To search through our library of topics, please make a selection below. Remember, the information in this library does not substitute for the advice provided by your healthcare team. Always consult your physician for more information.
A simple urine test might someday be used to determine if men have a fast-growing, aggressive form of prostate cancer by identifying small molecules, called metabolites, which are associated with this condition, according to a report in the medical journal Nature.
Such a test could help identify those who need aggressive treatment and might one day lead to the development of new therapies.
"There are metabolites that might be useful in predicting aggressiveness of prostate cancer," says lead researcher Dr. Arul Chinnaiyan, director of the Michigan Center for Translational Pathology and a professor of pathology and urology.
"Metabolites, similar to genes and proteins, should also be measured in understanding cancer," he says. "They have been under-appreciated relative to genes being profiled in cancer. This approach could be extended to other cancers."
However, before a urine test involving metabolites could become standard medical practice, it would have to be tested in animals and then in people through clinical trials, notes Dr. Chinnaiyan.
For the study, Dr. Chinnaiyan's group analyzed 1,126 metabolites from 262 tissue, blood, and urine samples taken from men with early, advanced, and metastatic prostate cancer.
From these samples, the researchers identified 10 metabolites that frequently appeared with prostate cancer and most notably with advanced prostate cancer.
One of the 10 metabolites, called sarcosine, was the most indicative of advanced prostate cancer, the researchers found. Sarcosine levels were elevated in 79 percent of the samples from men with metastatic cancer (cancer that has spread) and in 42 percent of the samples from men with early stage disease.
No trace of sarcosine was found in samples from men who did not have prostate cancer, the researchers note.
According to the report, sarcosine was a better indicator of advanced prostate cancer than the current marker for the disease, prostate specific antigen (PSA).
Dr. Chinnaiyan notes that because of sarcosine's relationship with invasive cancer, future drug development may include developing compounds to block sarcosine.
The findings are preliminary, though, and it may be years before a test or treatment based on the metabolite would be available.
Ideally, he says, researchers would like to find other metabolites associated with prostate cancer that would help predict the course of the disease with even more precision.
More than 186,000 men in the US will be diagnosed this year with prostate cancer, and almost 29,000 will die from the disease, according to the American Cancer Society.
Michael M. Shen, Ph.D., a professor of medicine, genetics, and development at Columbia University College of Physicians and Surgeons in New York City, and co-author of an accompanying journal article, says the report advances the use of metabolites in understanding cancer.
"The hope is that this approach will ultimately yield a clinical application," says Dr. Shen. "For example, one could screen urine from men and not only diagnose prostate cancer but have information that would be useful for cancer prognosis."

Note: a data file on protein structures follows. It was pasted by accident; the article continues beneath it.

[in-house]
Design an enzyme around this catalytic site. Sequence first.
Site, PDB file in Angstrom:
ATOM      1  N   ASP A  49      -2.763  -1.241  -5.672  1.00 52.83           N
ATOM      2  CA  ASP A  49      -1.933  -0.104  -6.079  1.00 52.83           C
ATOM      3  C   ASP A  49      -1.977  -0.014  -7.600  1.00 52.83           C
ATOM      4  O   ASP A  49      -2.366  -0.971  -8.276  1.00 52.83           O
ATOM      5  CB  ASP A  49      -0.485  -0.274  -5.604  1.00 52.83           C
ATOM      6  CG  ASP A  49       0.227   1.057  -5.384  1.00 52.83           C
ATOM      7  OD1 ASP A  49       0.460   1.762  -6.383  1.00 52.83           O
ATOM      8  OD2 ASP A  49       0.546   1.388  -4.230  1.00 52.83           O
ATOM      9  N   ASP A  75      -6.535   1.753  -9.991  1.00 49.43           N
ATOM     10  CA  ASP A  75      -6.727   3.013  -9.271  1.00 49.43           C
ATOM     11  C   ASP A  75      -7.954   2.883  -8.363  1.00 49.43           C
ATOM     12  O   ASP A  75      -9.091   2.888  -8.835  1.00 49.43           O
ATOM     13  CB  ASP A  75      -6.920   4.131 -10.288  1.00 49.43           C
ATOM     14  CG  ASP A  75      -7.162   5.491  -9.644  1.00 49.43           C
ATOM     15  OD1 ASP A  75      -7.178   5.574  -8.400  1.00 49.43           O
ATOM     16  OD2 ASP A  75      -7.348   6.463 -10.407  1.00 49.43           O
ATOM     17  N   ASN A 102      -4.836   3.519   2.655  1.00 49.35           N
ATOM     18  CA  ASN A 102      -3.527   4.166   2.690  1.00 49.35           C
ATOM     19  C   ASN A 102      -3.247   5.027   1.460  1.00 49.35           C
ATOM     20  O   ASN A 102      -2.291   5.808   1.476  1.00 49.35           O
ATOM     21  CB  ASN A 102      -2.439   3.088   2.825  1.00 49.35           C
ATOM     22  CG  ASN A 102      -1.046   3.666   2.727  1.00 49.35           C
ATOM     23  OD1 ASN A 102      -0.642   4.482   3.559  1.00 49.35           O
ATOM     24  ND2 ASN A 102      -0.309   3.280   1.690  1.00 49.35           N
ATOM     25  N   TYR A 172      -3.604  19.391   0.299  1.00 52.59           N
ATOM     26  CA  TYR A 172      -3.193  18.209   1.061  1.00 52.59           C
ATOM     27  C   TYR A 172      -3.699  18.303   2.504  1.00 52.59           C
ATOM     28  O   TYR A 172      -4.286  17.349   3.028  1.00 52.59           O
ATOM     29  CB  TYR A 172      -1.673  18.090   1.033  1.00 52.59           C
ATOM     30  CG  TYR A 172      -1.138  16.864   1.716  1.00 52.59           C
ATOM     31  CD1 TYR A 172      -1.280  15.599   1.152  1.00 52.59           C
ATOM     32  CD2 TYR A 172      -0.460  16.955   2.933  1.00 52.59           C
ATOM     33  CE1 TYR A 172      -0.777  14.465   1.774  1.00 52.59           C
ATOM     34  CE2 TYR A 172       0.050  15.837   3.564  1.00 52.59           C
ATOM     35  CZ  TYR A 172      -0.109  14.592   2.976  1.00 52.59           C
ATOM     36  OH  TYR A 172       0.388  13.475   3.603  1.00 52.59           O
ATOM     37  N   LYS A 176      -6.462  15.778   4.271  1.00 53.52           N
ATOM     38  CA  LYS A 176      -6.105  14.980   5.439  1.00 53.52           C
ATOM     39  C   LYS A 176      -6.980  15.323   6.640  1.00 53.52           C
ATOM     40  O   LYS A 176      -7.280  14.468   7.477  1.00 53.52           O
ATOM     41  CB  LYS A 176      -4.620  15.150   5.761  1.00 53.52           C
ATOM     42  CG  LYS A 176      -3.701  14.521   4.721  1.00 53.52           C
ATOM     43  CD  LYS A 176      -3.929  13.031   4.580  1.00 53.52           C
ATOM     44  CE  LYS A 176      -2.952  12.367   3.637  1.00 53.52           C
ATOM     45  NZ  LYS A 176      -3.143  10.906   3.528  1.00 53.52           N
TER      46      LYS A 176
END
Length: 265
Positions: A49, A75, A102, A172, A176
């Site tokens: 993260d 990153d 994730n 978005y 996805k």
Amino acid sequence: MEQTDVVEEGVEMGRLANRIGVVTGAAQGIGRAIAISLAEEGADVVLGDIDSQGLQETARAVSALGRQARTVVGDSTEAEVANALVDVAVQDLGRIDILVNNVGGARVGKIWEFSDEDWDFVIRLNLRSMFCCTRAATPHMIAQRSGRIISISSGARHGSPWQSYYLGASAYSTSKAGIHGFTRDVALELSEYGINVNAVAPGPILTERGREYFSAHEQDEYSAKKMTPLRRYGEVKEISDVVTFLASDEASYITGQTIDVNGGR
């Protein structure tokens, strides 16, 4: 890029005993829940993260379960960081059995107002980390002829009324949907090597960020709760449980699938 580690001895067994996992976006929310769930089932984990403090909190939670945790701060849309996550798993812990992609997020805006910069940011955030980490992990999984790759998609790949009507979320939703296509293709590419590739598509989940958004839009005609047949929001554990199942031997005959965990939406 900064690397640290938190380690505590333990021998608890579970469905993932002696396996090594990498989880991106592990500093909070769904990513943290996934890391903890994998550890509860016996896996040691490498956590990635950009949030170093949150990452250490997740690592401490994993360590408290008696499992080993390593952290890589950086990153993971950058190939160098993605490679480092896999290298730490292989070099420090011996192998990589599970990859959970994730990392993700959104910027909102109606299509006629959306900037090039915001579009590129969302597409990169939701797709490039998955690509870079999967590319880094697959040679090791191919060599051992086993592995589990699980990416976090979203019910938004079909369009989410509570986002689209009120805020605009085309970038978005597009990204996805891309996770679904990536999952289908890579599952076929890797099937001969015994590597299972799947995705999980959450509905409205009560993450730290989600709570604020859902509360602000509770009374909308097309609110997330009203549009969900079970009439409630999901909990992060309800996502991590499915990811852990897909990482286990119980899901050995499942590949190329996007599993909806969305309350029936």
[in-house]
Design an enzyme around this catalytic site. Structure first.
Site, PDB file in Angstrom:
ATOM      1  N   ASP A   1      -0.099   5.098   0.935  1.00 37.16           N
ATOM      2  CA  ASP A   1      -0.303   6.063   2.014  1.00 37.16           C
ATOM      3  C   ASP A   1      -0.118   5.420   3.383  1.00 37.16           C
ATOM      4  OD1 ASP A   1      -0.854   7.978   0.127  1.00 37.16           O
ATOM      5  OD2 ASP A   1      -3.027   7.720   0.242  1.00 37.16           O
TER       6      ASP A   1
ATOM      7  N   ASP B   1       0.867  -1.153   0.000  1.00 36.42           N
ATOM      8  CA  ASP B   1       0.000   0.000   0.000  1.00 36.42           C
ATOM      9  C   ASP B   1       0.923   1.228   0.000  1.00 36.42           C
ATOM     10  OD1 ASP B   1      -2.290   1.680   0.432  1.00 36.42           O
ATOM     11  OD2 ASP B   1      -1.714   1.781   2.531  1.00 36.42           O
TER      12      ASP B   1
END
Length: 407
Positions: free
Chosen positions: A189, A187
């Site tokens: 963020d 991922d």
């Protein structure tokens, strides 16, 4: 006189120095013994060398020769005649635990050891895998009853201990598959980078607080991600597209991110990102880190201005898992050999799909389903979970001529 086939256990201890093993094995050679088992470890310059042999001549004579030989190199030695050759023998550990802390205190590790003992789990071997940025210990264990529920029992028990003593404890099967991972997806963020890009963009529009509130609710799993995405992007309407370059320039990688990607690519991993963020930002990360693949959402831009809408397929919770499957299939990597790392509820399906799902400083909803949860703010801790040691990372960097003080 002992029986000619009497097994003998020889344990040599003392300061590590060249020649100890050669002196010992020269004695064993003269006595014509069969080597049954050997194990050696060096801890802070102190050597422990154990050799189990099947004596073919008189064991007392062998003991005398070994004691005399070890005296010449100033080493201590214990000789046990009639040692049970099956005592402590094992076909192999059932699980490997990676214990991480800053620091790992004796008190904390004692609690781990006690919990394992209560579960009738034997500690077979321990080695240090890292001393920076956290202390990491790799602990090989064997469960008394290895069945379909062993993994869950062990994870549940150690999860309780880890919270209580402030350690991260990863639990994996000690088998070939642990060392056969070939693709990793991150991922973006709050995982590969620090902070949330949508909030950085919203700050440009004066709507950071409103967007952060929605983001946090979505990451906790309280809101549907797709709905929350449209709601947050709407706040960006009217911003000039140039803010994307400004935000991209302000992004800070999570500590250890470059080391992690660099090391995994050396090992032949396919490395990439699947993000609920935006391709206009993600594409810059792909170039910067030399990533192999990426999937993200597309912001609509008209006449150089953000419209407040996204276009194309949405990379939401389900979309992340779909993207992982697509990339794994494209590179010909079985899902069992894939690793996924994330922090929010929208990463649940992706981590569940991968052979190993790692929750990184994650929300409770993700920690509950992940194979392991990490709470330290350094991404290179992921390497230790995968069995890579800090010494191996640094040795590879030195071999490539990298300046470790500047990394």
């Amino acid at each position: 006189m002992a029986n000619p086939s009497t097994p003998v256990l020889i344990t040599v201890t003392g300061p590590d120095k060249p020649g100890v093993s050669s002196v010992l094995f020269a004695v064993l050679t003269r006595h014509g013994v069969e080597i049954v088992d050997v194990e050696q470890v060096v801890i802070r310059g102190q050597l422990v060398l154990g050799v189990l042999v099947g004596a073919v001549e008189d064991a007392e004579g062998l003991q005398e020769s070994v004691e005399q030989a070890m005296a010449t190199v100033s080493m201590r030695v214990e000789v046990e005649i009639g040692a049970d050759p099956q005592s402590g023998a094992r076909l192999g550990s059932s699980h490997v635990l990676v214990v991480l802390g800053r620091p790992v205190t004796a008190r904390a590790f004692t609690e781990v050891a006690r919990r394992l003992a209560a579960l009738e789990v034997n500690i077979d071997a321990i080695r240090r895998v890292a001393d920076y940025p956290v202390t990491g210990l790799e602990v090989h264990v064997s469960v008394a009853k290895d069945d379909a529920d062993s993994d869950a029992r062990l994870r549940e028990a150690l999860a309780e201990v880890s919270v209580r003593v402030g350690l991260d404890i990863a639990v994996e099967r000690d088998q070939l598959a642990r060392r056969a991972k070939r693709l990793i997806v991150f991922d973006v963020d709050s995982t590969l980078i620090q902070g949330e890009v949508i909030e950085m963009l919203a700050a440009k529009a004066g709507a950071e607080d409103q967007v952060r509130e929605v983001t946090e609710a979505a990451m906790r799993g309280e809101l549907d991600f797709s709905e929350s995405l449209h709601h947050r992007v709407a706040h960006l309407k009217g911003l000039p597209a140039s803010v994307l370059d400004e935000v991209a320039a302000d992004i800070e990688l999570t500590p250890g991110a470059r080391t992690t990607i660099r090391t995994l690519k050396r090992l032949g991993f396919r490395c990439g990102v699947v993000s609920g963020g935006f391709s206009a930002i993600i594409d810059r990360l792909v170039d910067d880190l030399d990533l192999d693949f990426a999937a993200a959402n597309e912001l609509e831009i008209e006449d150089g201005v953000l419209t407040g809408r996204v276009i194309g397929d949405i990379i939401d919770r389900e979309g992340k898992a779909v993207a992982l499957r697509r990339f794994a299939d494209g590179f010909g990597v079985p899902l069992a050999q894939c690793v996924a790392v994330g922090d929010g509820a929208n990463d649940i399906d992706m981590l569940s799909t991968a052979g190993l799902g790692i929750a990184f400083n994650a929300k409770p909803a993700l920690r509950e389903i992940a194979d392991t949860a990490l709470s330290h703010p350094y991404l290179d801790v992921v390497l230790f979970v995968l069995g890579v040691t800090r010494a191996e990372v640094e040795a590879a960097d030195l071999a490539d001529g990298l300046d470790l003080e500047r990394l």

However, that goal is a long way off, he adds.
"The importance of the paper is that there is a new methodology that has not been pursued extensively before, which in combination with existing approaches may yield advances in cancer diagnosis and prognosis," says Dr. Shen.
Dr. Margaret K. Offermann, the deputy national vice president for research at the American Cancer Society, stresses that studies are needed to see if the approach could be used in patients.
"This is not a perfect test," says Dr. Offermann. "It is not perfectively predictive of when someone is going to have prostate cancer and when that cancer is going to misbehave, but it may help in combination with PSA," she says.
It could also be a new target for treatment. "Potentially, by blocking the formation of sarcosine or related compounds, it may actually help in the treatment," Dr. Offermann explains.
Always consult your physician for more information.
There are usually no specific signs or symptoms of early prostate cancer - which is why prostate screening is so important.
An annual physical examination, prostate-specific antigen (PSA) blood test, and digital rectal exam (DRE) provide the best chance of identifying prostate cancer in its earliest stages.
The following are the most common symptoms of prostate cancer. Symptoms may include:
As a man gets older, his prostate may grow bigger and obstruct the flow of urine, or interfere with sexual function.
An enlarged prostate gland - a condition called benign prostatic hyperplasia - may require treatment with medicine or surgery to relieve symptoms.
Benign prostatic hyperplasia (BPH) is a common condition, and while it is not cancer, it can cause many of the same symptoms as prostate cancer.
In general, all men are at risk for prostate cancer. However, there are specific risk factors that increase the likelihood that certain men will develop the disease, including the following:
Always consult your physician for more information.
© 2013 Main Line Health